Oct 26, 2023 - Transit

Budget shortfall could mean snowier roads this winter

An aerial image of a curvy road carved through a forest of snow-capped evergreen trees.

The Santiam Pass. Photo: Courtesy of Oregon Department of Transportation

As Oregon experienced its first significant snowfall this week, state transportation officials warn that a funding deficit will mean fewer snowplows clearing major roads this winter.

Why it matters: Drivers may encounter more setbacks and dangerous driving conditions as the weather gets colder and wetter.

What's happening: Due to the rise of electric vehicles, the Oregon Department of Transportation's (ODOT) budget has taken a drastic hit because it depends on the state's gas tax to fund road maintenance operations — including snowplowing, salting and infrastructure management.

  • The agency predicts it will have a $720 million budget deficit by 2027 if it's unable to come up with additional revenue sources, which could spur widespread cuts to jobs and basic services (like repairing potholes and clearing highways after collisions).

Driving the news: Snow plows and deicers will be deployed less frequently this winter, ODOT spokesperson Don Hamilton told Axios. ODOT will prioritize heavily trafficked interstates like I-205, I-84, I-405 and Highway 26 "to keep freight and commuters moving as effectively as we can," he said.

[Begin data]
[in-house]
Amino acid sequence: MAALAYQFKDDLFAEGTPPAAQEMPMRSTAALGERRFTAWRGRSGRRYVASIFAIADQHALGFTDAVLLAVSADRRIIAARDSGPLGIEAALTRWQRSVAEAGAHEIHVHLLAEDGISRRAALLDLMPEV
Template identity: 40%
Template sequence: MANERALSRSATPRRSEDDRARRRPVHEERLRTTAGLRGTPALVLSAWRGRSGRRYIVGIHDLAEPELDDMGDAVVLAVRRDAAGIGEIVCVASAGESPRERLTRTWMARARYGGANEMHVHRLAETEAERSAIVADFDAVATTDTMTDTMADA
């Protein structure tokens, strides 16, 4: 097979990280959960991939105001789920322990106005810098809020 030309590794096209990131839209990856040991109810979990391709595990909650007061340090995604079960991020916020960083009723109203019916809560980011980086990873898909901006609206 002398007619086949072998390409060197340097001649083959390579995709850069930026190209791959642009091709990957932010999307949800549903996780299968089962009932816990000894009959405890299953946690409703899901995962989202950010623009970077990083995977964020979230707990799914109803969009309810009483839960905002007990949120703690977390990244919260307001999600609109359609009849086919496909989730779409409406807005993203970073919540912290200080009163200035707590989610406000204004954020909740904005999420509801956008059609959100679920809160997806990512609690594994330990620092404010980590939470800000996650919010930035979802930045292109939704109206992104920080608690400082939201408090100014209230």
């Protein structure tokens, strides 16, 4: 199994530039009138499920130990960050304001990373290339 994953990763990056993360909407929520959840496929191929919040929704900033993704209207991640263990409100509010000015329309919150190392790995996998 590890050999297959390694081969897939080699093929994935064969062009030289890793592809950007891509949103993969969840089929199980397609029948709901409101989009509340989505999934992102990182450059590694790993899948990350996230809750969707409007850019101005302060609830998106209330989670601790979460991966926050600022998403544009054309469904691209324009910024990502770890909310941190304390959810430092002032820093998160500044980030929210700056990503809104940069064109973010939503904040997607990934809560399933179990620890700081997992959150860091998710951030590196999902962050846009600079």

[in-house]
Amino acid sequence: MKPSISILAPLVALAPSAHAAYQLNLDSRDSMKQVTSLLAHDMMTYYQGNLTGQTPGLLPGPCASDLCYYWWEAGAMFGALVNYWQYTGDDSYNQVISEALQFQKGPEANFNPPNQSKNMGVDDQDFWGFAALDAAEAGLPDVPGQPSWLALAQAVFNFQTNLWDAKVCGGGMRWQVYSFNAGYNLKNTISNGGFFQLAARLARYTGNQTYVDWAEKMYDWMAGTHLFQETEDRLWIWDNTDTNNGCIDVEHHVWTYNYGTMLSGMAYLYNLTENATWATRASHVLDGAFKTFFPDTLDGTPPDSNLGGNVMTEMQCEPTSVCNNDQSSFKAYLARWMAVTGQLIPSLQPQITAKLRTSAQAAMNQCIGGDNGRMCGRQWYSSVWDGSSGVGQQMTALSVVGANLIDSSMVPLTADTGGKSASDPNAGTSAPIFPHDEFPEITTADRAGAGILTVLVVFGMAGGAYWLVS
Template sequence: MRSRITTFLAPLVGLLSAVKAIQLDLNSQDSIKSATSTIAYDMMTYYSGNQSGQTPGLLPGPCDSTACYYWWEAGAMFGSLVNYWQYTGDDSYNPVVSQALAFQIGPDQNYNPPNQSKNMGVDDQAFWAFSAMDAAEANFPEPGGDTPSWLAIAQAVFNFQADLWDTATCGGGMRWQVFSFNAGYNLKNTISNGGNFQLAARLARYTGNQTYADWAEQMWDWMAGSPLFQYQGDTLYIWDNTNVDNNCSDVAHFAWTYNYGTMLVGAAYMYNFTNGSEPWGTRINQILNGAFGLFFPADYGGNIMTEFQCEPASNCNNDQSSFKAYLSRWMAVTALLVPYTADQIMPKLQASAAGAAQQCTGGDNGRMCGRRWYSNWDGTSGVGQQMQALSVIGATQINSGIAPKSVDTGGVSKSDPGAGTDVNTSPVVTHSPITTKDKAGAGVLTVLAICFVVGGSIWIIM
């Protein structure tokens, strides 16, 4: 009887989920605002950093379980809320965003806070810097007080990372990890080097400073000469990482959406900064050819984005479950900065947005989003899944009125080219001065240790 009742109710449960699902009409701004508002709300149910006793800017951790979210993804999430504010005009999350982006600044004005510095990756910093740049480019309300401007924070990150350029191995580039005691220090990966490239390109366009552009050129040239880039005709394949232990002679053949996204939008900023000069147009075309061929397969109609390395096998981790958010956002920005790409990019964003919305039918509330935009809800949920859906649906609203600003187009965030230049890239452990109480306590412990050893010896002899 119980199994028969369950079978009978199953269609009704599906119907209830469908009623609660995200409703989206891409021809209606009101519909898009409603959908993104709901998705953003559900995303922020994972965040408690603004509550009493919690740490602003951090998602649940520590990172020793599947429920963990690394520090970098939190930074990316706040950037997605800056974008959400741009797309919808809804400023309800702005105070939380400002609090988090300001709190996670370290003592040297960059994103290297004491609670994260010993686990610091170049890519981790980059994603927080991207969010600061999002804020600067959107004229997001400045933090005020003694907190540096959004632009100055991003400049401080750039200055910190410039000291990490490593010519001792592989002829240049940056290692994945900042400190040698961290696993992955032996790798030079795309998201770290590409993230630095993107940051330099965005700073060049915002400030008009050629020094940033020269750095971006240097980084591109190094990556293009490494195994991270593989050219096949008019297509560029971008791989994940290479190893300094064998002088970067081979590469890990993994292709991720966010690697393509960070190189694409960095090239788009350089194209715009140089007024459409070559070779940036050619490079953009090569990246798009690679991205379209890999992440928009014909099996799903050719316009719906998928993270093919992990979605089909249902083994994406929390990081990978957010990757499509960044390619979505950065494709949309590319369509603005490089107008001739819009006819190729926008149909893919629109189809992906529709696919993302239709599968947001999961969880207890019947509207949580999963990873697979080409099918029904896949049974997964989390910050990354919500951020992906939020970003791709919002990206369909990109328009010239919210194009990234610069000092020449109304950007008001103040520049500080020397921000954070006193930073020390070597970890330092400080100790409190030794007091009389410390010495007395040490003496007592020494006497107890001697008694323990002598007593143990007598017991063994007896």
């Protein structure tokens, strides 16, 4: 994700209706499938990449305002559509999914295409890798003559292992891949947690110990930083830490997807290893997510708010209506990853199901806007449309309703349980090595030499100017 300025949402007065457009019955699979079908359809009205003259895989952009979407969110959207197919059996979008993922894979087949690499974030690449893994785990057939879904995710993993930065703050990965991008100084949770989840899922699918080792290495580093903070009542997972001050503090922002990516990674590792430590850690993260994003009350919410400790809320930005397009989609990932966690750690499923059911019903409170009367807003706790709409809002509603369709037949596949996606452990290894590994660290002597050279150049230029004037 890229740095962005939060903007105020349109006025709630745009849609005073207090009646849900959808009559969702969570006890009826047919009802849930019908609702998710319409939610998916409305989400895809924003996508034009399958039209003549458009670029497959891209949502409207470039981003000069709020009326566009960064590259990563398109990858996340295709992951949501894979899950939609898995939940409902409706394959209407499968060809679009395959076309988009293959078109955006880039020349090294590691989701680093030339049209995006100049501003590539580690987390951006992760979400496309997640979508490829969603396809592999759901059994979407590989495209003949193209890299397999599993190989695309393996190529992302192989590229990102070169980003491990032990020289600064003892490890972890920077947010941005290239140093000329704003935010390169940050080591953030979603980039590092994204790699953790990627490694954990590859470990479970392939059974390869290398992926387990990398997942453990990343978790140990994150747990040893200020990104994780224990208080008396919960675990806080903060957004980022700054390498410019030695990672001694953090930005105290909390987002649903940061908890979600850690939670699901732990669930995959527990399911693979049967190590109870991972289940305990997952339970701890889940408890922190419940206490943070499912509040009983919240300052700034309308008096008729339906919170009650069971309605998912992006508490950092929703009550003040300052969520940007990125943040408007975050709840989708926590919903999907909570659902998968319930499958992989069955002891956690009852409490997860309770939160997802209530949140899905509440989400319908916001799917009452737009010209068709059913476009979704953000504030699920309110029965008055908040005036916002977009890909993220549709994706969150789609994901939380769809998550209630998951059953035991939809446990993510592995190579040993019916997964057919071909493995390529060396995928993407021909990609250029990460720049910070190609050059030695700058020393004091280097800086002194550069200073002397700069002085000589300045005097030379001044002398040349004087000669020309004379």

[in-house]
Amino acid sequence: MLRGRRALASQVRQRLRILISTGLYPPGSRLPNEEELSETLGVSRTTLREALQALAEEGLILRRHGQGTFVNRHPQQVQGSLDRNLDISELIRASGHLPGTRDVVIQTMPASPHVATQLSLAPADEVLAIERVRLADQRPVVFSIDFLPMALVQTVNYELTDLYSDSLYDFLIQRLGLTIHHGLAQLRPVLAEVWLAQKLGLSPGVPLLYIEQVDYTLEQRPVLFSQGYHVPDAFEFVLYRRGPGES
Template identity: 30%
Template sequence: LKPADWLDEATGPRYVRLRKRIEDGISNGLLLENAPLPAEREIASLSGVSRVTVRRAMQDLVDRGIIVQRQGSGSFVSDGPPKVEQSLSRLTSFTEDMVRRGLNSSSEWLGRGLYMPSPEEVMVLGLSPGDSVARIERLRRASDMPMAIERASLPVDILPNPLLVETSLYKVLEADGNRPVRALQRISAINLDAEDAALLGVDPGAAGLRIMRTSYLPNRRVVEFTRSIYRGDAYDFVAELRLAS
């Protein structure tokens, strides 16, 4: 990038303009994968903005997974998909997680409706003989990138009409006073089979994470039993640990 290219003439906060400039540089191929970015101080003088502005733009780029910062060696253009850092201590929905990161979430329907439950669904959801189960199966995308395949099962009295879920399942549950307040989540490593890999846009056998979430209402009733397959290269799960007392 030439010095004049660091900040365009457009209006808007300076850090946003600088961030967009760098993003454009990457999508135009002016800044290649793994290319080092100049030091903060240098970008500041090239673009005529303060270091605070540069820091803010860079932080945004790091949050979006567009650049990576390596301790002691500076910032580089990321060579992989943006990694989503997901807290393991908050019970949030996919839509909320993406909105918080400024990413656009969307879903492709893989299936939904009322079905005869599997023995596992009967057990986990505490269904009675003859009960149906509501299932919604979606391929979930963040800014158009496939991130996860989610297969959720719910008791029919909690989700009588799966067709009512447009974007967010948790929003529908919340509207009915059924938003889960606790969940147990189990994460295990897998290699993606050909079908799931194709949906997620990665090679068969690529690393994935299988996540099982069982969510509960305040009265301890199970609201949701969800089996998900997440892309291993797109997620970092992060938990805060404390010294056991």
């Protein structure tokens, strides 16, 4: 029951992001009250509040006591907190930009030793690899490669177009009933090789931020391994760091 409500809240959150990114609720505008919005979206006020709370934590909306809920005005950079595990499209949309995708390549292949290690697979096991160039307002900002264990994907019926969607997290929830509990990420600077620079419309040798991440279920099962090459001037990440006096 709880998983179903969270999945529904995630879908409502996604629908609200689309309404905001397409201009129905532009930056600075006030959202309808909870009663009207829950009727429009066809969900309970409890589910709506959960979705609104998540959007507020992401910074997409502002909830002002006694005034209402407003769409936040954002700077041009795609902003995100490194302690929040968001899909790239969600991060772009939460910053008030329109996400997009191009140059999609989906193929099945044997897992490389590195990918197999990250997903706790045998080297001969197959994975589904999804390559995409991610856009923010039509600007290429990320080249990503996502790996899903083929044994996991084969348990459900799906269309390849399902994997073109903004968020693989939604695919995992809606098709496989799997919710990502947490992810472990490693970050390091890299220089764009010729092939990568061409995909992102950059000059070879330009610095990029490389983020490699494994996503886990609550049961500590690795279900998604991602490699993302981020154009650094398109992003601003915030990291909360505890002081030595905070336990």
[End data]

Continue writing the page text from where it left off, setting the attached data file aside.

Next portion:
• But crews may be able to get to these roads only once a day, compared with as many as four times a day in the past.
  • Meanwhile, less traversed routes like Oregon Route 99W and 99E will see lesser service.

What they're saying: "The public needs to be aware that we're not able to service the roads as frequently as we have in the past," Hamilton said, "so when there's a big storm, it might be a good idea to take an extra day at home."

State of play: Even though Portland partially funds its transportation bureau with the state's gas tax, it doesn't expect a change in service levels this winter, according to Dylan Rivera, a spokesperson for the bureau.

  • "But if the budget cuts we announced in September go through as proposed, we would expect our service levels to be reduced next winter," he said in an email. "We would cut service on our secondary plow routes."
  • Right now, PBOT operates 68 plows citywide.

What's next: Transportation officials, along with Gov. Tina Kotek's office, are currently exploring a variety of options to plug ODOT's budget shortfall — including increased fees at the DMV, tolling, and expanding the voluntary per-mile tax, OReGO.

What we're watching: El Niño. Meteorologists predict the Pacific Northwest may see a warmer, drier and overall milder winter than in years past — so there may be less need for plows anyway.


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